TEM Changing of the Guard: Marlin Equity Purchases Tangoe

Marlin Equity Partners late last month announced an agreement to purchase Tangoe for $6.50 per share. Marlin, an investment firm with more than $3 billion under management, owns telecom expense and enterprise mobility management vendor Asentinel. This agreement is structured as a merger between Asentinel and Tangoe, and will lead to a company that will manage more than $38 billion in telecom and IT spend.

This transaction is scheduled to close late in Q2 2017, pending approval for all relevant conditions. With the completion of this merger, Tangoe CEO Jim Foy will be CEO and Asentinel CEO Tim Whitehorn will be chief product officer of the combined company.

Tangoe's Wild Ride as TEM Market Leader

Tangoe has been the market leader in telecom expense management (TEM) this decade, both through organic growth and through a wild ride of M&A activity that included the acquisitions of Traq Wireless, Information Strategies Group, InterNoded, Telwares, ProfitLine, HCL (Control Point Solutions), Symphony Teleca, Anomalous Networks, ttMobiles, Rivermine, and Vodafone Global.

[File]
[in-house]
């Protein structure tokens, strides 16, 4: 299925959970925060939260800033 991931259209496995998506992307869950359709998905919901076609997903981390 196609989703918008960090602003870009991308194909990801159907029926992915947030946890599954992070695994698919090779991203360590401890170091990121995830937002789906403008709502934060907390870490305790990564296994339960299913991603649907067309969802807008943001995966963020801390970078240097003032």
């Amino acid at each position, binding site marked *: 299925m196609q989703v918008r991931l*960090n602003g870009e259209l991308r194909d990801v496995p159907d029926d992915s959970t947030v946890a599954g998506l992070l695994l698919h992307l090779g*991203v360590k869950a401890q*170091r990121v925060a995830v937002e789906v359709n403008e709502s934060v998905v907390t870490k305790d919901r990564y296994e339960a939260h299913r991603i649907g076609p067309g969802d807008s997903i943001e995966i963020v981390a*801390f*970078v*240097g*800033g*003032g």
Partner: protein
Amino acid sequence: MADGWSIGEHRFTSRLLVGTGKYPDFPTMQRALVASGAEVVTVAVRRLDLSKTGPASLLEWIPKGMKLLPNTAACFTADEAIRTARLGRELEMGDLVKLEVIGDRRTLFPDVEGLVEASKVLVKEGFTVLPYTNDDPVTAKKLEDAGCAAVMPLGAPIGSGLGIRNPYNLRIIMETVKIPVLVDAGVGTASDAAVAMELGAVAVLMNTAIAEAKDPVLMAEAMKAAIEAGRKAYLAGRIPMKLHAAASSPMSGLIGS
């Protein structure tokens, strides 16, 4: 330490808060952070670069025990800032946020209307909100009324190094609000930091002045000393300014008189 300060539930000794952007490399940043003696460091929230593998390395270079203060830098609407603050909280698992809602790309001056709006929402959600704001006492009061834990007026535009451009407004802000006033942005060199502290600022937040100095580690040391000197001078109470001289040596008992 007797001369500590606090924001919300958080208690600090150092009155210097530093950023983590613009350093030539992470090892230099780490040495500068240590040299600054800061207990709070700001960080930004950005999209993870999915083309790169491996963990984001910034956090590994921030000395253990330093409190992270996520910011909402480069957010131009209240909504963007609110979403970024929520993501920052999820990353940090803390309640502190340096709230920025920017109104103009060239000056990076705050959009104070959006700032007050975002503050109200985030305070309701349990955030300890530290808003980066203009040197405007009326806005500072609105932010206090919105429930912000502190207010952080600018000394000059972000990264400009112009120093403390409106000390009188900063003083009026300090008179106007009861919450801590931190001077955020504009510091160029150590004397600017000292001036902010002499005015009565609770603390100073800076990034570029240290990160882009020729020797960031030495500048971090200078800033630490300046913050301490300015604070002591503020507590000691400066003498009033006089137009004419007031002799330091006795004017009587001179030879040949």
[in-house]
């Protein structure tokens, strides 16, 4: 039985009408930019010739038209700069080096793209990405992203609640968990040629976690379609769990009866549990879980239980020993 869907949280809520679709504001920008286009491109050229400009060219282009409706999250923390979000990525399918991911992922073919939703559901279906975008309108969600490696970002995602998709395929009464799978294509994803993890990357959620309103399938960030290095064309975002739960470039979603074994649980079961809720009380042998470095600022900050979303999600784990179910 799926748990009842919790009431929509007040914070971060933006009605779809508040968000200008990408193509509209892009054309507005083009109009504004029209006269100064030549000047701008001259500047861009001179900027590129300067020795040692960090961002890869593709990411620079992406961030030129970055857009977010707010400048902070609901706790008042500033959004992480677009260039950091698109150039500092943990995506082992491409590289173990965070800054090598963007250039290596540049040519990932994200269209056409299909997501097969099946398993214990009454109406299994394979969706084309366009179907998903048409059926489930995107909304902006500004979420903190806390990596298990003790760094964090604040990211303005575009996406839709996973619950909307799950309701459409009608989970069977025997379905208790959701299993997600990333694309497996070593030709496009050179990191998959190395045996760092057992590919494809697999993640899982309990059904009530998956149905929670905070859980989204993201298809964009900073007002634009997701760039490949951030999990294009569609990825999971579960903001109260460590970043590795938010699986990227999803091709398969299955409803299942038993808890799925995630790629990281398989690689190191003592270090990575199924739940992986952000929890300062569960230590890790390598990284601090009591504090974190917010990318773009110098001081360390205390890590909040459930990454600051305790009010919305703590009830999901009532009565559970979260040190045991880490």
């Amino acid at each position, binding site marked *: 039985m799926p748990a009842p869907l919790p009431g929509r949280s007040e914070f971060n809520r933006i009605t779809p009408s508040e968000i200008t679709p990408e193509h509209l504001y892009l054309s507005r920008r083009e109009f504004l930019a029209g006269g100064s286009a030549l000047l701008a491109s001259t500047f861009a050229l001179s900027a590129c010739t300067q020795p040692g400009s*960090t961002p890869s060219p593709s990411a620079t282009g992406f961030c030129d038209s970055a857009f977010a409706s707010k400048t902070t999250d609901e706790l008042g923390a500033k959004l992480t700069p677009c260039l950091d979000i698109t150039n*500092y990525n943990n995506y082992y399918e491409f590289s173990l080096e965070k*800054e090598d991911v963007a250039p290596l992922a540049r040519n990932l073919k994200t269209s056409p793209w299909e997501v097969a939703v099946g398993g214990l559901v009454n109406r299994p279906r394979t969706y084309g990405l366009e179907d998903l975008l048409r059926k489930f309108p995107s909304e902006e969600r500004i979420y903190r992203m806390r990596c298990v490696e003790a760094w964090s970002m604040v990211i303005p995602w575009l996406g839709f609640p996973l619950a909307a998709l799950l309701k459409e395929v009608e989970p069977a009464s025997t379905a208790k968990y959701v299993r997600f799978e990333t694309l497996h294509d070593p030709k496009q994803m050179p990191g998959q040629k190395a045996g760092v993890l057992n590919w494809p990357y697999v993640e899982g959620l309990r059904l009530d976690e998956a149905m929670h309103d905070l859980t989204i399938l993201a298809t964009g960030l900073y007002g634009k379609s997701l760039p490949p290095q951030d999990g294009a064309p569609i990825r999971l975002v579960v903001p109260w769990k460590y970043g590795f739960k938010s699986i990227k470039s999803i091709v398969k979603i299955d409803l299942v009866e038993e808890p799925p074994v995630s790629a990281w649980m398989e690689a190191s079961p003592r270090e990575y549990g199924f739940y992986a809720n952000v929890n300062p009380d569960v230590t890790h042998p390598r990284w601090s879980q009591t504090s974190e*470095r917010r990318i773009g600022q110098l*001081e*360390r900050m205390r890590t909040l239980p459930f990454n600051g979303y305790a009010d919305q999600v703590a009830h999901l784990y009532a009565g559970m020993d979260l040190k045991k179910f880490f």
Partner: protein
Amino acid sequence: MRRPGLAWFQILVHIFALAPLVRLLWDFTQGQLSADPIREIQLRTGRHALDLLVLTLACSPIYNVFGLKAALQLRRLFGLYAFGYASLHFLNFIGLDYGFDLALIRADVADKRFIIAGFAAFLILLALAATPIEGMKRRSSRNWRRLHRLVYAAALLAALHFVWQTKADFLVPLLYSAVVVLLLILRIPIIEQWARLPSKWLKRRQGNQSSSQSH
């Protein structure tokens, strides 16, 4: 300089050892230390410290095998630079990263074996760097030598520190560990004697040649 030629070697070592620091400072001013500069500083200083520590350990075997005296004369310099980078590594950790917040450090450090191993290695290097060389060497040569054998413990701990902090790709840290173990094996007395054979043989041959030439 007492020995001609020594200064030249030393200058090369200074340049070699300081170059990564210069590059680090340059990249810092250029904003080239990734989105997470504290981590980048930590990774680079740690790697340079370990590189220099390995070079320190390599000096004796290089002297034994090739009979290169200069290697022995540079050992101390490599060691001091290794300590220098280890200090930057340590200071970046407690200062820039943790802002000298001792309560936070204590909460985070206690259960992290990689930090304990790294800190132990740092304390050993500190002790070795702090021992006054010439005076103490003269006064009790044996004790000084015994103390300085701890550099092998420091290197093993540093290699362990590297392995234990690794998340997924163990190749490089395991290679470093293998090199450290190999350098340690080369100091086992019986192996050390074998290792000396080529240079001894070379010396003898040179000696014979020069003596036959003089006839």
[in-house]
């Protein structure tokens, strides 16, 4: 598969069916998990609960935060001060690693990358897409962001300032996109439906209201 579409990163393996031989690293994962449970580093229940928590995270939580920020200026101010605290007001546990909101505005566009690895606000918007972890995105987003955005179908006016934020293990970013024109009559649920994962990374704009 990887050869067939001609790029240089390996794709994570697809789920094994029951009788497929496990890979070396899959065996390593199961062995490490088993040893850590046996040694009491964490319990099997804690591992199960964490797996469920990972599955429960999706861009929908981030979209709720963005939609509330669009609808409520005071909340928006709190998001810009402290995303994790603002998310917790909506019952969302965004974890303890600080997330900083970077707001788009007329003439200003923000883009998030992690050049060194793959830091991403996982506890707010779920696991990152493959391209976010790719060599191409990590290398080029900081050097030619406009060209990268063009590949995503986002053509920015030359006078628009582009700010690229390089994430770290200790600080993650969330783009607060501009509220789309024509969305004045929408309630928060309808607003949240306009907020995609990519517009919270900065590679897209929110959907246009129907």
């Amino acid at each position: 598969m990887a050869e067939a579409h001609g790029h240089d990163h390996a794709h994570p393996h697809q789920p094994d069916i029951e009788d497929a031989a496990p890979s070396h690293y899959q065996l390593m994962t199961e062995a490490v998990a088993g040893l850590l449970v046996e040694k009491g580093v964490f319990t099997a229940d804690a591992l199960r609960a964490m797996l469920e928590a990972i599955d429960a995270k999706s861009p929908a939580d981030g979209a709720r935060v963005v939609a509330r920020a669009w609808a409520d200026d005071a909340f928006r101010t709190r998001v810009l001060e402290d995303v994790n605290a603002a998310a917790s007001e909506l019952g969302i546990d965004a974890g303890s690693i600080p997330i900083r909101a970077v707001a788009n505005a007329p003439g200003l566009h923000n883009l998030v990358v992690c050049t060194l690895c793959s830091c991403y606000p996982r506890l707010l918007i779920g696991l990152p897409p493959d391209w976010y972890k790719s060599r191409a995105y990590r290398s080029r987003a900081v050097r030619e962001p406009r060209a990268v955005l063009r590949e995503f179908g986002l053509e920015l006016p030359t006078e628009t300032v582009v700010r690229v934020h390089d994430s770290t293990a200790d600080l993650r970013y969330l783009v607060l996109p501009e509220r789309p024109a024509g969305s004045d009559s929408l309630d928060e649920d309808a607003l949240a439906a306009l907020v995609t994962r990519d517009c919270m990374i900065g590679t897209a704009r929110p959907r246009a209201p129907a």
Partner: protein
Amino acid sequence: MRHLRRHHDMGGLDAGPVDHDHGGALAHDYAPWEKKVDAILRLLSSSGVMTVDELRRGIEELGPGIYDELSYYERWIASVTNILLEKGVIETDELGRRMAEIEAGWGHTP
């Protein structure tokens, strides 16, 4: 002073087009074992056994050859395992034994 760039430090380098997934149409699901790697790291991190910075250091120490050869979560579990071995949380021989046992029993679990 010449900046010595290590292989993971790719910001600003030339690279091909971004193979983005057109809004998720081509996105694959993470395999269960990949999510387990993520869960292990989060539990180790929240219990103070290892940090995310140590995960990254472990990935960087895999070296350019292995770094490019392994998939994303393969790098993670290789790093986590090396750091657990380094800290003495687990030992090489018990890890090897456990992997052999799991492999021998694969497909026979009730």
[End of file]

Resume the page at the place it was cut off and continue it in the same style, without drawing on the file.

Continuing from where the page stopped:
As part of this growth arc, Tangoe went public on July 27, 2011, opening at $11 per share on the NASDAQ stock exchange. Over the next couple of years, Tangoe became known as successful enterprise mobility vendor, resulting in a peak value of more than $25 per share and a market cap of approximately $1 billion in October 2013. After that point, Tangoe's stock price started to suffer as the company took on the challenge of consolidating the platforms, sales, support, and solutions that it had rolled up over the past decade.

After an earnings miss in August 2015, Tangoe's stock moved into the single-digit price range. This financial was exacerbated in March 2016 when Tangoe announced that it would restate financials from 2013, 2014, and 2015.